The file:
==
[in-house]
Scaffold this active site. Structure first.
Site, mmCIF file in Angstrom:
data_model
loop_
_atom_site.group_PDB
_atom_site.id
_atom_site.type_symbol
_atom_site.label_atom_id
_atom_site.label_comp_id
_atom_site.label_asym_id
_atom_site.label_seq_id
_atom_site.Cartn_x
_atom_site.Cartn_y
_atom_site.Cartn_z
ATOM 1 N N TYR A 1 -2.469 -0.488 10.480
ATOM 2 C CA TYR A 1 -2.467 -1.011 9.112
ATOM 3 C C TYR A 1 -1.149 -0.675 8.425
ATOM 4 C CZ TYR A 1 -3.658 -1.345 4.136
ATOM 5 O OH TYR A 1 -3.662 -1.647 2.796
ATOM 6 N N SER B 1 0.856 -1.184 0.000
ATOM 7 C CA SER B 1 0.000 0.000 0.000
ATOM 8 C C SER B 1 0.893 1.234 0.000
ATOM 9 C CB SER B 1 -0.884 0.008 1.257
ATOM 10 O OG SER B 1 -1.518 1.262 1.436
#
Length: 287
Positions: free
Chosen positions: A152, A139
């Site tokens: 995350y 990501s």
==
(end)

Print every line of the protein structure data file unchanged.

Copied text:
[in-house]
Scaffold this active site. Structure first.
Site, mmCIF file in Angstrom:
data_model
loop_
_atom_site.group_PDB
_atom_site.id
_atom_site.type_symbol
_atom_site.label_atom_id
_atom_site.label_comp_id
_atom_site.label_asym_id
_atom_site.label_seq_id
_atom_site.Cartn_x
_atom_site.Cartn_y
_atom_site.Cartn_z
ATOM 1 N N TYR A 1 -2.469 -0.488 10.480
ATOM 2 C CA TYR A 1 -2.467 -1.011 9.112
ATOM 3 C C TYR A 1 -1.149 -0.675 8.425
ATOM 4 C CZ TYR A 1 -3.658 -1.345 4.136
ATOM 5 O OH TYR A 1 -3.662 -1.647 2.796
ATOM 6 N N SER B 1 0.856 -1.184 0.000
ATOM 7 C CA SER B 1 0.000 0.000 0.000
ATOM 8 C C SER B 1 0.893 1.234 0.000
ATOM 9 C CB SER B 1 -0.884 0.008 1.257
ATOM 10 O OG SER B 1 -1.518 1.262 1.436
#
Length: 287
Positions: free
Chosen positions: A152, A139
């Site tokens: 995350y 990501s």